Dorset

Dorset Wildlife Trust to protect 'wet' woodlands

  • 26 October 2012
  • From the section Dorset
Bechstein's bat
Dorset's woodlands are home to rare Bechstein's bats and crane flies

Rare bats, bugs and plants in Dorset are set to benefit from a winter woodland project.

Seven "wet" woodlands, which lie on marshy ground, will be restored along the Frome and South Winterborne rivers.

Restoration work will also be carried out at several woods in Purbeck and 1,500 native trees will be planted at Horselynch Plantation, near Weymouth.

Dorset Wildlife Trust said the woods' rare species include Bechstein's bats, crane flies and handsome woollyworts.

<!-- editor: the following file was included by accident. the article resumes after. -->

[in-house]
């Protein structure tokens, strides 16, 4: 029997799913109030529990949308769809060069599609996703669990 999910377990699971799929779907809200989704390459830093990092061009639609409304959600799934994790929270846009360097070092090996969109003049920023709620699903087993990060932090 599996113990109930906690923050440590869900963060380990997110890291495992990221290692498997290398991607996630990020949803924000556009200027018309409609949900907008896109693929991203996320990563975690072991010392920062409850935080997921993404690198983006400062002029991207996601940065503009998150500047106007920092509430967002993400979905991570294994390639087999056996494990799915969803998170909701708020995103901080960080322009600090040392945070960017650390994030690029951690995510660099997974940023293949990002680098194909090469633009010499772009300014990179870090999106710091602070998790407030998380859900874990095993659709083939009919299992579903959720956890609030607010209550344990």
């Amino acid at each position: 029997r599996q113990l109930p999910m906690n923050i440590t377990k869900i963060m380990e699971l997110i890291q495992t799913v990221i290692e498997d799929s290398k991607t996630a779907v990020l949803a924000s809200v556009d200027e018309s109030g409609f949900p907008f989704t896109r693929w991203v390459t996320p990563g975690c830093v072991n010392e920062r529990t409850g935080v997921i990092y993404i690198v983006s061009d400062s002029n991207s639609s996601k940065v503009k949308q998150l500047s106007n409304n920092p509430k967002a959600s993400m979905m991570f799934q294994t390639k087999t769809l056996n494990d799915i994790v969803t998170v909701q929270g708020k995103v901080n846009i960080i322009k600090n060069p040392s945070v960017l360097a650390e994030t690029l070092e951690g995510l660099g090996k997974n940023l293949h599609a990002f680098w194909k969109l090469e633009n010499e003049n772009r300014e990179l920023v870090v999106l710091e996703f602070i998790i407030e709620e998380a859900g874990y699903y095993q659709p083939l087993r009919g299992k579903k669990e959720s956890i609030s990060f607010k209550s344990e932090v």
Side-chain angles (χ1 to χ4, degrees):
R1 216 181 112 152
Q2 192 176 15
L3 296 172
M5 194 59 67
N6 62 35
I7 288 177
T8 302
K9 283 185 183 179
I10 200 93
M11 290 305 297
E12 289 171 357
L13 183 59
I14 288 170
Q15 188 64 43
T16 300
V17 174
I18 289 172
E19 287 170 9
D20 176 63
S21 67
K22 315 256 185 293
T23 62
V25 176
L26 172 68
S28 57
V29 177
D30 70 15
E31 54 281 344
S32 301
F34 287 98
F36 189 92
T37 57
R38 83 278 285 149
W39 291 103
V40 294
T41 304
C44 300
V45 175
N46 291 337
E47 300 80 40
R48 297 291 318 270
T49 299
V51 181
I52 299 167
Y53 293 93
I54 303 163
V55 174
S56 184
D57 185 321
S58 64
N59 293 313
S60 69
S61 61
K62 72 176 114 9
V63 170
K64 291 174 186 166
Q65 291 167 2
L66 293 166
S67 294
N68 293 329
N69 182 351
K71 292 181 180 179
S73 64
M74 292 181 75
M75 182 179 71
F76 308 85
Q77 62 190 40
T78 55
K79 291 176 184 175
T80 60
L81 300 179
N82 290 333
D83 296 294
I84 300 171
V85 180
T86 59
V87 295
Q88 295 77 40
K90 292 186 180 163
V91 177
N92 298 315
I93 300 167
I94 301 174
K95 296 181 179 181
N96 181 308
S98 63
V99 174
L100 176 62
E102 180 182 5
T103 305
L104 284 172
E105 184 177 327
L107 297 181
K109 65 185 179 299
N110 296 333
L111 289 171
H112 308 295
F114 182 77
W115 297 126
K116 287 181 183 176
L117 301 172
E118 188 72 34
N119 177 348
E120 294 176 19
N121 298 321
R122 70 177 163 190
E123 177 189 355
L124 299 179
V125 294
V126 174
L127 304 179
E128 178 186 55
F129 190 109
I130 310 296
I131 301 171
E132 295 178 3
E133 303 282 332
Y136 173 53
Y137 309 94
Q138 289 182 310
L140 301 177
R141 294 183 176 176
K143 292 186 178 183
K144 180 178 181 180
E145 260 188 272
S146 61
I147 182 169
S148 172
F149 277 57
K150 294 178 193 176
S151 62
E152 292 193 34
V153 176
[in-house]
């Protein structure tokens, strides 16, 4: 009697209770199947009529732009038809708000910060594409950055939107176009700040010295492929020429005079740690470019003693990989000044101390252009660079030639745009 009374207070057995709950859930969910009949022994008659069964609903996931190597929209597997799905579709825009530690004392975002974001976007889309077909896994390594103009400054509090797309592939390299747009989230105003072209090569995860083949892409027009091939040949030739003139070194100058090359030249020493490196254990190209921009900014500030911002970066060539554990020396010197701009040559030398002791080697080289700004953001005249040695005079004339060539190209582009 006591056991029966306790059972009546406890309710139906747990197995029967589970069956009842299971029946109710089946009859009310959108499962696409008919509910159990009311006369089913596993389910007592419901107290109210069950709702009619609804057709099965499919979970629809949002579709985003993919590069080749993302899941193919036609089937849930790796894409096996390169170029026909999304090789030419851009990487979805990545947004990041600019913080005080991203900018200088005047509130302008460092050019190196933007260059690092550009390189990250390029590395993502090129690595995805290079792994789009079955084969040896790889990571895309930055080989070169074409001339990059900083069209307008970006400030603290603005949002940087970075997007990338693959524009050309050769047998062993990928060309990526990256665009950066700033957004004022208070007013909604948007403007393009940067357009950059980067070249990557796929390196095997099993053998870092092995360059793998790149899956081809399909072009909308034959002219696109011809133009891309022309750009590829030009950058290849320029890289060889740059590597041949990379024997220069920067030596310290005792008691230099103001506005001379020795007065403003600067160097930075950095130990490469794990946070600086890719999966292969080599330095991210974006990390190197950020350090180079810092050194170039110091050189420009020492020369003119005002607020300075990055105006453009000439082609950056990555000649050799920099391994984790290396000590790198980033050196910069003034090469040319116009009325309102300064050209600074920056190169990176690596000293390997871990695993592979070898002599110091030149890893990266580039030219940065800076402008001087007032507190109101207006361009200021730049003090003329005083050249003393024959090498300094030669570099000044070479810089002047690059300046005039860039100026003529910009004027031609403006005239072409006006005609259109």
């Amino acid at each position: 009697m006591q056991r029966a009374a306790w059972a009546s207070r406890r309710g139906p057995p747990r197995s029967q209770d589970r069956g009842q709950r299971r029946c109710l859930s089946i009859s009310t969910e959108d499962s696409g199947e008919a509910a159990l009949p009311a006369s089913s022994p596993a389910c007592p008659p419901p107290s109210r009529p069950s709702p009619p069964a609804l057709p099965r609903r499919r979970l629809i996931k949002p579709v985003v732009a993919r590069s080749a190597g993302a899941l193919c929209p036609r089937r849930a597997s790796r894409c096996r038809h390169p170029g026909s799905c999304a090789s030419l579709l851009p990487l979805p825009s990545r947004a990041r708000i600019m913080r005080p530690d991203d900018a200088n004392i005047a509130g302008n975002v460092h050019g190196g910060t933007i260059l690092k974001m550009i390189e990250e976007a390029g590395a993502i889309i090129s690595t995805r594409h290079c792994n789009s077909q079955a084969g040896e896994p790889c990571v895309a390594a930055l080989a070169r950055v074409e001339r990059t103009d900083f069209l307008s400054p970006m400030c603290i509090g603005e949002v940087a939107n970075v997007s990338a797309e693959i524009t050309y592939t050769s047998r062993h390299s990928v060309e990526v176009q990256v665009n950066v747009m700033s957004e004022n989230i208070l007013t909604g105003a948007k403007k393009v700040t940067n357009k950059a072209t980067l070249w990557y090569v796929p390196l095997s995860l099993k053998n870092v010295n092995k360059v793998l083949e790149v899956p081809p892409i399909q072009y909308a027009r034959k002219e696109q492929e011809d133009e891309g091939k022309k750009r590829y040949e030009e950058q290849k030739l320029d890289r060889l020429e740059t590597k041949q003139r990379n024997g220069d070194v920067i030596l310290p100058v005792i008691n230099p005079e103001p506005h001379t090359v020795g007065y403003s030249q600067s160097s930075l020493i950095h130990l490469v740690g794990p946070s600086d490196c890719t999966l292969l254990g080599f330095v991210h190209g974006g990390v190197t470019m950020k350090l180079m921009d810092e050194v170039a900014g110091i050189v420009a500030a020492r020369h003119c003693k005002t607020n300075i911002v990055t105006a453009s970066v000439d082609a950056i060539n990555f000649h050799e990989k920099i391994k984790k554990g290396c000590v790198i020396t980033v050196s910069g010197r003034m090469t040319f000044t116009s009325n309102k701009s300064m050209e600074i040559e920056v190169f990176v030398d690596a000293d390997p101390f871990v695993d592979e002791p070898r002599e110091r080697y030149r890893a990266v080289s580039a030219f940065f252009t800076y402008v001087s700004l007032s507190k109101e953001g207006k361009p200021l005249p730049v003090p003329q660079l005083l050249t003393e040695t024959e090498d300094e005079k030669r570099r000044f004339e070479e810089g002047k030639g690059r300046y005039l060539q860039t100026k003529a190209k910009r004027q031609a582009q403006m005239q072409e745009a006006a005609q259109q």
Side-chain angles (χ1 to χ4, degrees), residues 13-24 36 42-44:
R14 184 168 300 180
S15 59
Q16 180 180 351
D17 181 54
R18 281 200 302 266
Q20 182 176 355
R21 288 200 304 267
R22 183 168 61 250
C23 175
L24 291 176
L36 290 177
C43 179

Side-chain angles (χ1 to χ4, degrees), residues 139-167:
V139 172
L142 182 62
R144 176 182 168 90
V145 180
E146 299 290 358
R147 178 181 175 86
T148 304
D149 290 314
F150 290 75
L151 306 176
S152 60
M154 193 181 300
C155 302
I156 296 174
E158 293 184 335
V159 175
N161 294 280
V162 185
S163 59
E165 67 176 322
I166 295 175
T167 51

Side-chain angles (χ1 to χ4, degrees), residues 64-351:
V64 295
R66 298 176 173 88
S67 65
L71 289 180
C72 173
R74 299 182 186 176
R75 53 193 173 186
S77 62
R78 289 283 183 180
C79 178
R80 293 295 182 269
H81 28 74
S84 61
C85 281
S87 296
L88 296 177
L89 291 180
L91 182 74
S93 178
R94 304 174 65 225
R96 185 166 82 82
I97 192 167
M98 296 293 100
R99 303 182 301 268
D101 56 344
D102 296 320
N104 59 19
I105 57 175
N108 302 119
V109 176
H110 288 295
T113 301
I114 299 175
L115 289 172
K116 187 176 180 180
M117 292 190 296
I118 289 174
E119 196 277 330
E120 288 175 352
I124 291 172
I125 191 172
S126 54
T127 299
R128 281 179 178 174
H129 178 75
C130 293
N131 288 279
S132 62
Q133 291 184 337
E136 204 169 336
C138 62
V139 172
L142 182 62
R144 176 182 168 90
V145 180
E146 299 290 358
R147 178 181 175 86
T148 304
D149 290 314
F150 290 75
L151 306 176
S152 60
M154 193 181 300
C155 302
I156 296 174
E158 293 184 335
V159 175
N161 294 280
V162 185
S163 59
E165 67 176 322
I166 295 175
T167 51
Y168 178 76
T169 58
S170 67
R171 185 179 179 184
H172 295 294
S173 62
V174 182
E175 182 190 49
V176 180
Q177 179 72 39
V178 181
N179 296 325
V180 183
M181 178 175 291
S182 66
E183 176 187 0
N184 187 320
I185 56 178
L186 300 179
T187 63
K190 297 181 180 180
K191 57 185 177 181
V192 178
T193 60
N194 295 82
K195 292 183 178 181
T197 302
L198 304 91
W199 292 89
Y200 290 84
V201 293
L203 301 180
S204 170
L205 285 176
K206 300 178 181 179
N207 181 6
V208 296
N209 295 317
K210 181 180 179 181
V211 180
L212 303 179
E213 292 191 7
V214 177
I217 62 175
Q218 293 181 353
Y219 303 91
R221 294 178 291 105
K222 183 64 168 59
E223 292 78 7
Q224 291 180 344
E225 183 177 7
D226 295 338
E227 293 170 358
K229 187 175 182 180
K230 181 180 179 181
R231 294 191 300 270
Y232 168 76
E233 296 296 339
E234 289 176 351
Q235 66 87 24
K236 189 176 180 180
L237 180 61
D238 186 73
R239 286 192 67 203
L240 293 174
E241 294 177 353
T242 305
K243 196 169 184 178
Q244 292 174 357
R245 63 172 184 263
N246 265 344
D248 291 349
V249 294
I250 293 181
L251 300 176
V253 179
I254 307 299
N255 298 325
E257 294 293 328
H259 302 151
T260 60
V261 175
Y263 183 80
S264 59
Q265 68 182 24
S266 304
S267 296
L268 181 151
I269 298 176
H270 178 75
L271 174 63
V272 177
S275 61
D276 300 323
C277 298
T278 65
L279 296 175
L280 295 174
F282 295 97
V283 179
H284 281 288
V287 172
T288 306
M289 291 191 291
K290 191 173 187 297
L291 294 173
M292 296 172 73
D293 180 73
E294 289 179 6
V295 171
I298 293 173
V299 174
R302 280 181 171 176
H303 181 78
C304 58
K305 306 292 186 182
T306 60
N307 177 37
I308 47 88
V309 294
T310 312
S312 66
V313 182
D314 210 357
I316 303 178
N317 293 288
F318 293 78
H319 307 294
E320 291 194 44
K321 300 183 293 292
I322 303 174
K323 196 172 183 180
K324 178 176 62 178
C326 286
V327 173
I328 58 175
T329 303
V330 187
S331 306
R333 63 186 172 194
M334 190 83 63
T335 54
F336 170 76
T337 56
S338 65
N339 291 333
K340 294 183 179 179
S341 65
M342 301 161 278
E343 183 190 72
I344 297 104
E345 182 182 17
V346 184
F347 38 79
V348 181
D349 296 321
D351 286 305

Handsome woollywort
Handsome woollywort plants grow in the marshy ground of the wet woodlands

The wet woodland areas from Hooke to Toller Porcorum along the Frome River and on the South Winterborne River are also home to ferns, mosses and lichens.

Emma Tomlin, the trust's trees and woodlands conservation officer, said the work was "essential".

"We'll lose our landscape, heritage and the rich diversity of habitats if this work is not carried out," she said.

Horselynch Plantation, near Weymouth, was created in January.

The land, which measures 1 sq km (0.4 sq m), was bought by Dorset County Council and will become part of the Dorset Wildlife Trust's adjacent Lorton Meadows Nature Reserve.

The winter woodland work is expected to start in November.

More on this story

Related Internet links

The BBC is not responsible for the content of external Internet sites